Ethereum strives to become a one-stop Blockchain solution for all, a decentralized world computer that will perhaps one day change most currently existing services. The network enables basically anyone to build decentralized apps and generally use the network, as long as they own Ether. Ether is Ethereum’s native cryptocurrency that enables all operations within the Blockchain as well as its updates. There is a variety of ways of obtaining Ether, all of which are presented in this handy guide.
Exchanges to buy Ethereum
The easiest and perhaps the most popular way of buying Ether is doing so through an exchange. Ether is the second most valued, stable and well-known cryptocurrency behind Bitcoin, so finding an online exchange that operates within your jurisdiction and trades in Ether won’t be that difficult.
First of all, you will need to register with an exchange. Before doing so, make sure it operates in the country you live in and accepts the currency you wish to trade in. The registration process will require submitting a few general personal details.
Often, there are full identity checks included later on, when it comes to withdrawals and deposits. In order to pass those checks, you will most likely need to provide a proof of address as well as a photo identification. This is done in compliance with Know Your Customer (KYC) and Anti-Money Laundering (AML) regulations.
After passing all the necessary checks, you will need to choose a deposit method. Depending on a particular exchange, there are various ways of doing so. They include bank wire transfers, credit and debit card payments, SEPA or PayPal payments. There is typically a small deposit fee charged by an exchange, which may depend on the deposit method. The fees details can often be found in the ‘about’ section or in the footer of an exchange’s website.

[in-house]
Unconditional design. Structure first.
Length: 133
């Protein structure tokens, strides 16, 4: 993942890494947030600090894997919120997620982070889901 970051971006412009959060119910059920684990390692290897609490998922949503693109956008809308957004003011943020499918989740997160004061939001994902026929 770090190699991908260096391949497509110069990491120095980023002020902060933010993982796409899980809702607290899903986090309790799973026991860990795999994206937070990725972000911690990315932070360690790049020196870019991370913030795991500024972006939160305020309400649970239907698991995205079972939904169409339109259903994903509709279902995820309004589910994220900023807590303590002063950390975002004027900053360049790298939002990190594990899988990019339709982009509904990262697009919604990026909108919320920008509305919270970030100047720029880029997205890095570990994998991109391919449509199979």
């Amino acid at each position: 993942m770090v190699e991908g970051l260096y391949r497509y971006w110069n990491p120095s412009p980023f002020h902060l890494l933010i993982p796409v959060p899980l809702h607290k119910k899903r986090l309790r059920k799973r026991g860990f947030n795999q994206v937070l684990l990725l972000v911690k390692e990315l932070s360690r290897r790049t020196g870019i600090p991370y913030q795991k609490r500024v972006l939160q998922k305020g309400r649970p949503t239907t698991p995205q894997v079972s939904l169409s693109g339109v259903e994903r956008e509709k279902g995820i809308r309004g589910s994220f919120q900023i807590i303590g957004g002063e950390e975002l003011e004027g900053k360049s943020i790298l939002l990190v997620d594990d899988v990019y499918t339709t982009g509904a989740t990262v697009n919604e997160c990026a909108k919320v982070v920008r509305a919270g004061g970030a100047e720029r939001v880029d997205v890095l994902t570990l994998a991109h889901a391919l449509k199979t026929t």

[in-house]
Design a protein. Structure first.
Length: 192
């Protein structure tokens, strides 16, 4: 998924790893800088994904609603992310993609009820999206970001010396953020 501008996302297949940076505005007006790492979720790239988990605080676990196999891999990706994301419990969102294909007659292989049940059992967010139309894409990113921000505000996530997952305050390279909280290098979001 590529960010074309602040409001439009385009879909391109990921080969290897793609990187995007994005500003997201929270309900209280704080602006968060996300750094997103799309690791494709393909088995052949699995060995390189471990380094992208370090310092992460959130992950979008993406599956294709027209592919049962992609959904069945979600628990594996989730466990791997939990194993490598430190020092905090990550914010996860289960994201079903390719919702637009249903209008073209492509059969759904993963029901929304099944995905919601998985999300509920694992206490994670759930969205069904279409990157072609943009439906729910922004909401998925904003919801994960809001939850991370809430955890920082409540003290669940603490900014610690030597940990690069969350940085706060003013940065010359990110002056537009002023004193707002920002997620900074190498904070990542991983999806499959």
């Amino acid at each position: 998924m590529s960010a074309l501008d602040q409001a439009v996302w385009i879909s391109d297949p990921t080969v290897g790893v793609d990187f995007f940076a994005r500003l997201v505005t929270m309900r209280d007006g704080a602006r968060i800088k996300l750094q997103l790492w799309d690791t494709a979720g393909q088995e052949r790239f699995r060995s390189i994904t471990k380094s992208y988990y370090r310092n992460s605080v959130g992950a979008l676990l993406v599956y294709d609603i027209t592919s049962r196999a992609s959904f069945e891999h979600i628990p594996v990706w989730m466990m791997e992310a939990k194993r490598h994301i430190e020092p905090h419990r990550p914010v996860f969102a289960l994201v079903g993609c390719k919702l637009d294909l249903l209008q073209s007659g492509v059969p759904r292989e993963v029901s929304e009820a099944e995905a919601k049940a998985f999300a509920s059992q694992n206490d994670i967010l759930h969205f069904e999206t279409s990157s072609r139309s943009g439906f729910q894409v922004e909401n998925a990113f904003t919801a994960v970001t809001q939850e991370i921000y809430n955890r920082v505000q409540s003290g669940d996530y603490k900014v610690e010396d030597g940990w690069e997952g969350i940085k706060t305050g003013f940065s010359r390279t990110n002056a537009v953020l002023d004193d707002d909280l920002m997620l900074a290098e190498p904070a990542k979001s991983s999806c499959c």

An absolute majority of exchanges accept US Dollars and Euros, with other major fiat currencies such as British Pound Sterling, Russian Ruble, Chinese Yuan, Japanese Yen and so on being accepted on some of the exchanges as well. It usually takes at least several hours for your deposited funds to appear in your exchange account, depending on a particular exchange and the chosen deposit method.
As soon as the funds are in your exchange account, you can start trading. The user-friendliness of this process depends on a particular exchange, with many of them striving to make the process as easy as possible. You will be able to get all the valuable information, such as current value, market capitalization and related news on your exchange’s website. Once you’ve obtained Ether, it is recommended you withdraw it into a designated wallet of your choosing. This guide will cover various ways of storing Ethereum later on.
An alternative way of purchasing Ether is doing so through an Ethereum ATM. It is perhaps and ideal way to obtain Ether for users, traders and investors looking to buy small amounts. The vast majority of cryptocurrency ATMs limit transactions to relatively small amounts so that there is no need to comply with Know Your Customer and Anti-Money Laundering regulations, which means there is no need for full identity verification.
Before buying Ether, it is essential to gain a good understanding of wallet software and how Ethereum transactions work in general. There are several different types of wallets: a desktop application, a mobile/web app, you can use a hardware wallet as well as a wallet provided by a cryptocurrency exchange. There are official Ethereum wallets available for download at Ethereum.org.
Difference between Ethereum and Ethereum Classic
Ethereum and Ethereum classic are essentially two different platforms, split from one original Ethereum after a ‘hard fork’ approach was implemented as a response to around $150 mln worth of Ether being stolen by a hacker. The two platform exist on different Blockchains, which are completely identical all the way until the hard fork happened. Ethereum became a new platform, with new rules that were implemented to avoid such hacker attacks in the future. The majority of users, developers and decentralized applications have migrated to Ethereum, while around 10 percent of others have stayed with Ethereum Classic.